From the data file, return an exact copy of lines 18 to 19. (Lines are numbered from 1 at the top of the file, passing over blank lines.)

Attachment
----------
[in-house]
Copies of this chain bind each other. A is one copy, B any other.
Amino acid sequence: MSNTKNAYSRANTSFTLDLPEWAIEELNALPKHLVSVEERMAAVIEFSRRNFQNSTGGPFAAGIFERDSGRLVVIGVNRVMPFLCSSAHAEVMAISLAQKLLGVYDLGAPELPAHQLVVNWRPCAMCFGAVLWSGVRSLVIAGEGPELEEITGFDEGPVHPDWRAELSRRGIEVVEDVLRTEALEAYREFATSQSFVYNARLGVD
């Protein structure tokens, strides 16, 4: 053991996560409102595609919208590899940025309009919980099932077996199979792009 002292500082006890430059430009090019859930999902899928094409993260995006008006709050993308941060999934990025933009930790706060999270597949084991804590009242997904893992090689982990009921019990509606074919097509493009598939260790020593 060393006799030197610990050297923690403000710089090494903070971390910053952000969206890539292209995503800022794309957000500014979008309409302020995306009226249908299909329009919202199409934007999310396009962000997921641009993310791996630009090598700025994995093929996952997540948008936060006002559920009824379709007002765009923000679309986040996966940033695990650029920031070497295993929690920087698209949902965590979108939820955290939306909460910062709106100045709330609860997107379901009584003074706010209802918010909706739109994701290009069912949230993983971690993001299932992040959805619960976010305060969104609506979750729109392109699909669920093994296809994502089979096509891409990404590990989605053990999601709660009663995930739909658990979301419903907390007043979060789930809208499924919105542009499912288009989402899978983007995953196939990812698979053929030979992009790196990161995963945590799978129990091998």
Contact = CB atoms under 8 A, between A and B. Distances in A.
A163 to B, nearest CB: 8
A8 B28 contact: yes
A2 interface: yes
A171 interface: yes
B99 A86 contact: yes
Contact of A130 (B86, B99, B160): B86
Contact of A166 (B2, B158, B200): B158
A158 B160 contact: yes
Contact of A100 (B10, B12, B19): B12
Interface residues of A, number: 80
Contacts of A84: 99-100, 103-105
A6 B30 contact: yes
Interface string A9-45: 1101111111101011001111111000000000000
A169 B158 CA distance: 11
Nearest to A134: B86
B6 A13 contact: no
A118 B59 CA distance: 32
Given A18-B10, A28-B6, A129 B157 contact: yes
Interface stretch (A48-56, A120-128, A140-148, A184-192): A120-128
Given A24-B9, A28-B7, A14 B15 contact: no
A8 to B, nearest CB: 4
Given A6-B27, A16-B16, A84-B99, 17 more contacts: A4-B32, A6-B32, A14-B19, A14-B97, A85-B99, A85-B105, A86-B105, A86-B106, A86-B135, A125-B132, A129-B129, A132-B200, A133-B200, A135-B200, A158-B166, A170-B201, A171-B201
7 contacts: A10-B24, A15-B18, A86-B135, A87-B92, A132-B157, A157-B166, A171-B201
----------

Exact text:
Interface string A9-45: 1101111111101011001111111000000000000
A169 B158 CA distance: 11